Ever since the COVID-19 pandemic has majorly altered diagnosis and prognosis practices, the need for telemedicine and mobile/electronic health has never been more appreciated. Drastic complications of the pandemic such as burdens on the social and employment status resulting from extended quarantine and physical distancing, has also negatively impacted mental health. Doctors and healthcare workers have seen more than just the lungs affected by COVID-19. Neurological complications including stroke, headache, and seizures have been reported for populations of patients. Most mental conditions can be detected using the Electroencephalogram (EEG) signal. Brain disorders, neurodegenerative diseases, seizure/epilepsy, sleep/fatigue, stress, and depression have certain characteristics in the EEG wave, which clearly differentiate them from normal conditions. Smartphone apps analyzing the EEG signal have been introduced in the market. However, the efficacy of such apps has not been thoroughly investigated. Factors and their inter-relationships impacting efficacy can be studied through a causal model. This short communications/perspective paper outlines the initial premises of a system dynamics approach to assess the efficacy of smart EEG monitoring apps amid the pandemic, that could be revolutionary for patient well-being and care policies. Full article
(This article belongs to the Special Issue 10th Anniversary of Electronics: Hot Topics in Bioelectronics)
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Review

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36 pages, 25517 KiB  
Review
An Overview of Wearable Piezoresistive and Inertial Sensors for Respiration Rate Monitoring
by Roberto De Fazio, Marco Stabile, Massimo De Vittorio, Ramiro Velázquez and Paolo Visconti
Electronics 2021, 10(17), 2178; https://doi.org/10.3390/electronics10172178 - 6 Sep 2021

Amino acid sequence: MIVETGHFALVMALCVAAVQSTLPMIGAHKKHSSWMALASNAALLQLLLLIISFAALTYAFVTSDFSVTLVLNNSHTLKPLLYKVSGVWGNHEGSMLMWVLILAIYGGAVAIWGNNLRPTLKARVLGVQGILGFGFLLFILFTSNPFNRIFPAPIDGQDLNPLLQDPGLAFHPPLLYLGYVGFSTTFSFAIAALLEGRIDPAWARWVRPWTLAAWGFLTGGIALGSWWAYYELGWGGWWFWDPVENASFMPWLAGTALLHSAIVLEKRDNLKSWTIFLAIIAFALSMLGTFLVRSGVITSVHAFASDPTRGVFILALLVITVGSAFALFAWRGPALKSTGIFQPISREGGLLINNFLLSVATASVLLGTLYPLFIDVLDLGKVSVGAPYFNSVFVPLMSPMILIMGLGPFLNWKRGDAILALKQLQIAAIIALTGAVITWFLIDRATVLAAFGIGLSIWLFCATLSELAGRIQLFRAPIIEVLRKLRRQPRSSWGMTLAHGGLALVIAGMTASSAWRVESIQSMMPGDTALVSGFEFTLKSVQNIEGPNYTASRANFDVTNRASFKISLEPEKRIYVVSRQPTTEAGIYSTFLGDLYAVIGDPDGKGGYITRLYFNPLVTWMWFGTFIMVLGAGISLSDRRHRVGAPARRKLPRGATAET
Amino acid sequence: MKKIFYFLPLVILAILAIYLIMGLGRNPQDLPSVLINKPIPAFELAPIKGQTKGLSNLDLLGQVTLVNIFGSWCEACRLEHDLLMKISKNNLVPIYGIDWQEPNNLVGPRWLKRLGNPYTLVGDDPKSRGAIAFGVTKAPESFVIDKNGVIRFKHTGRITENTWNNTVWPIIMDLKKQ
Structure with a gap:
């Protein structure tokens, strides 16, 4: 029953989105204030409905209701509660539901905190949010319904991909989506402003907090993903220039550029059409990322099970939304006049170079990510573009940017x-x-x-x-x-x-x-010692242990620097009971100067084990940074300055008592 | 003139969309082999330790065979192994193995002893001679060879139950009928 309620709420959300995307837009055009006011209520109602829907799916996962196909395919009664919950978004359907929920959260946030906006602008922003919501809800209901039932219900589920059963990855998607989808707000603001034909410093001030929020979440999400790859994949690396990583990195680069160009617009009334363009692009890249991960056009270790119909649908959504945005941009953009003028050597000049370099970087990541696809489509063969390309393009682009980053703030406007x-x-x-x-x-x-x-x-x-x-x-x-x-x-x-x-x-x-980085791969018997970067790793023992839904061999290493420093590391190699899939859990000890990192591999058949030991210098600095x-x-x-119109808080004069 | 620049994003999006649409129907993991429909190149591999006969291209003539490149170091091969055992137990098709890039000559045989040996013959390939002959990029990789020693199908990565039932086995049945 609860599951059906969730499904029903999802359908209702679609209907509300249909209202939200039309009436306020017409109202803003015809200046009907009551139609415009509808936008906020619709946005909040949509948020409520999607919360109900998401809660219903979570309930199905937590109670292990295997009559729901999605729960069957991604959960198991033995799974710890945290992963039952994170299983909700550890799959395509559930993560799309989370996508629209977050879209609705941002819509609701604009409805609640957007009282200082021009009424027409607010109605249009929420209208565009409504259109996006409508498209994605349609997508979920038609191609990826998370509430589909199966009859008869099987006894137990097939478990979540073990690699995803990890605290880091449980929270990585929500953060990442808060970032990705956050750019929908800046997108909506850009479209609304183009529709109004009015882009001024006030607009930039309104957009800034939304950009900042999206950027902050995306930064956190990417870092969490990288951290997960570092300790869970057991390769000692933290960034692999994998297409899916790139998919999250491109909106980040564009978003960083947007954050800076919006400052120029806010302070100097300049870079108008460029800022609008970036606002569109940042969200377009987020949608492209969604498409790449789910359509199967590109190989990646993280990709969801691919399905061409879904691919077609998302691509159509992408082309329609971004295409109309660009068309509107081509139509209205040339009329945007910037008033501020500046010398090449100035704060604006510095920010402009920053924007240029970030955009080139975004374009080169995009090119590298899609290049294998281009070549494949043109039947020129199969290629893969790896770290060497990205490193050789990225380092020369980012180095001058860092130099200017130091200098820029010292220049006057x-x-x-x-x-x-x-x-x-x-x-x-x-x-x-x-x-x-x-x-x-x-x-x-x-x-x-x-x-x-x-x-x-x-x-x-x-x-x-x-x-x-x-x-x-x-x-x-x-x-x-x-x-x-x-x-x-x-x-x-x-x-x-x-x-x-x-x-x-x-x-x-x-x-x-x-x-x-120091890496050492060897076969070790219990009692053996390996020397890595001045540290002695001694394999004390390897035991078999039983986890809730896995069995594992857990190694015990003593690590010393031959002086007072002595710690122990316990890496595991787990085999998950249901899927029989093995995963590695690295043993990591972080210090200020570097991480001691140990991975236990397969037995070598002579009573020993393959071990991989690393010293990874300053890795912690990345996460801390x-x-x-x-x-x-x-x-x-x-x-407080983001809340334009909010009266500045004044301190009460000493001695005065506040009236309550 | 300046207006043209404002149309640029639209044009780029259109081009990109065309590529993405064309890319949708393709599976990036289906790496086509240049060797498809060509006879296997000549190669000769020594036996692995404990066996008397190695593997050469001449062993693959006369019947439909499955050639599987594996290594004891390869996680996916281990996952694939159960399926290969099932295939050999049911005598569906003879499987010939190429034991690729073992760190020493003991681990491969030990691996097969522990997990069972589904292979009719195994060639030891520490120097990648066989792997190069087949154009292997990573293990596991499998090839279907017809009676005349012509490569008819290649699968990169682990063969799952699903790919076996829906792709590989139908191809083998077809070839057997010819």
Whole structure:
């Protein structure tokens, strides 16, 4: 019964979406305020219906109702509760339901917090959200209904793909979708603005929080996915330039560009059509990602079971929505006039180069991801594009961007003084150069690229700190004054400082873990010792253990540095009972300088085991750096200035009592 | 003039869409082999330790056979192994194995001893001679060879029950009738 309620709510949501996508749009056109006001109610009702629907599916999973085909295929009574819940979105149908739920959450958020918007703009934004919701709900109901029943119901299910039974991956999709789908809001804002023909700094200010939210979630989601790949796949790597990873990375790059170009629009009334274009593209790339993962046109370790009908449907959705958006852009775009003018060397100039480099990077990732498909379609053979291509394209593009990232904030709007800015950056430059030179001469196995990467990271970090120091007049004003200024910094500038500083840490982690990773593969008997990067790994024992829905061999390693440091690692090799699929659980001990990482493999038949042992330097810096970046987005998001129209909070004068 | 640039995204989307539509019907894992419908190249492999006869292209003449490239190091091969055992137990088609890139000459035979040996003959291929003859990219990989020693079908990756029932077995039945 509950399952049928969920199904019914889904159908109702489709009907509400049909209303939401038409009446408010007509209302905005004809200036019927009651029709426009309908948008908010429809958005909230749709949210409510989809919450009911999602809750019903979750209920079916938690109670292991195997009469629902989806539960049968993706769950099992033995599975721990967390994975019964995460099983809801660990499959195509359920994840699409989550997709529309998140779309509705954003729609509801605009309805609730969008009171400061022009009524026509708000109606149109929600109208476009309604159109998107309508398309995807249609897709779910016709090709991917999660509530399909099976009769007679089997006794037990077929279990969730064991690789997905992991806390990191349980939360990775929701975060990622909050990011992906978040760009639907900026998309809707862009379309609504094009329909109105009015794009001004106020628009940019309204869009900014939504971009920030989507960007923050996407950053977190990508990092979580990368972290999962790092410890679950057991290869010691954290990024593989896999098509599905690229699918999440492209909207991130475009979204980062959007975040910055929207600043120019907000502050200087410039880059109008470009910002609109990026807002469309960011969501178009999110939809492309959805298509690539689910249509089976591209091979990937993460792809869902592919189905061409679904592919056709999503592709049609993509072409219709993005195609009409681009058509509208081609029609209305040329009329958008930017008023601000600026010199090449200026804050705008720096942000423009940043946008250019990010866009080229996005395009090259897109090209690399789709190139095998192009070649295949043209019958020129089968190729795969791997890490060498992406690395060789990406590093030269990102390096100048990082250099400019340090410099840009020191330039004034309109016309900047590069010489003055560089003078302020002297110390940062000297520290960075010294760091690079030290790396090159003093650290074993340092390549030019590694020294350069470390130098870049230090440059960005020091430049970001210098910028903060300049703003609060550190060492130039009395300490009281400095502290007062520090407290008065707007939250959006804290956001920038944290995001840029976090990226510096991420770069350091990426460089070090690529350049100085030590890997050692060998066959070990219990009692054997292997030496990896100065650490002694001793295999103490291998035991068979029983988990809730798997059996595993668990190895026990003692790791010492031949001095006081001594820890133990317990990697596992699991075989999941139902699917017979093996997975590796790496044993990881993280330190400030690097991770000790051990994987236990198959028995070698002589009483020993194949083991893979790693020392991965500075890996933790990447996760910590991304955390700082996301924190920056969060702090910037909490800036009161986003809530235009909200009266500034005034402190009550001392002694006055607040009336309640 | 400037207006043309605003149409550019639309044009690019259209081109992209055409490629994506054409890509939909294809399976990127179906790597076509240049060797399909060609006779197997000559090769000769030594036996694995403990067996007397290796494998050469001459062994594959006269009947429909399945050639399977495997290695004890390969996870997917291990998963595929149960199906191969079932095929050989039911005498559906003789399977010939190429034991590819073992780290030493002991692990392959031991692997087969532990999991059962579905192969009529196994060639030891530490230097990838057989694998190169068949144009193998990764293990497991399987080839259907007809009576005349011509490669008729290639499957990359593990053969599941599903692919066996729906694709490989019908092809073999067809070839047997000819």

Cited by 38 | Viewed by 7978
Abstract
The demand for wearable devices to measure respiratory activity is constantly growing, finding applications in a wide range of scenarios (e.g., clinical environments and workplaces, outdoors for monitoring sports activities, etc.). Particularly, the respiration rate (RR) is a vital parameter since it indicates [...] Read more.
The demand for wearable devices to measure respiratory activity is constantly growing, finding applications in a wide range of scenarios (e.g., clinical environments and workplaces, outdoors for monitoring sports activities, etc.). Particularly, the respiration rate (RR) is a vital parameter since it indicates serious illness (e.g., pneumonia, emphysema, pulmonary embolism, etc.). Therefore, several solutions have been presented in the scientific literature and on the market to make RR monitoring simple, accurate, reliable and noninvasive. Among the different transduction methods, the piezoresistive and inertial ones satisfactorily meet the requirements for smart wearable devices since unobtrusive, lightweight and easy to integrate. Hence, this review paper focuses on innovative wearable devices, detection strategies and algorithms that exploit piezoresistive or inertial sensors to monitor the breathing parameters. At first, this paper presents a comprehensive overview of innovative piezoresistive wearable devices for measuring user’s respiratory variables. Later, a survey of novel piezoresistive textiles to develop wearable devices for detecting breathing movements is reported. Afterwards, the state-of-art about wearable devices to monitor the respiratory parameters, based on inertial sensors (i.e., accelerometers and gyroscopes), is presented for detecting dysfunctions or pathologies in a non-invasive and accurate way. In this field, several processing tools are employed to extract the respiratory parameters from inertial data; therefore, an overview of algorithms and methods to determine the respiratory rate from acceleration data is provided. Finally, comparative analysis for all the covered topics are reported, providing useful insights to develop the next generation of wearable sensors for monitoring respiratory parameters. Full article
(This article belongs to the Special Issue 10th Anniversary of Electronics: Hot Topics in Bioelectronics)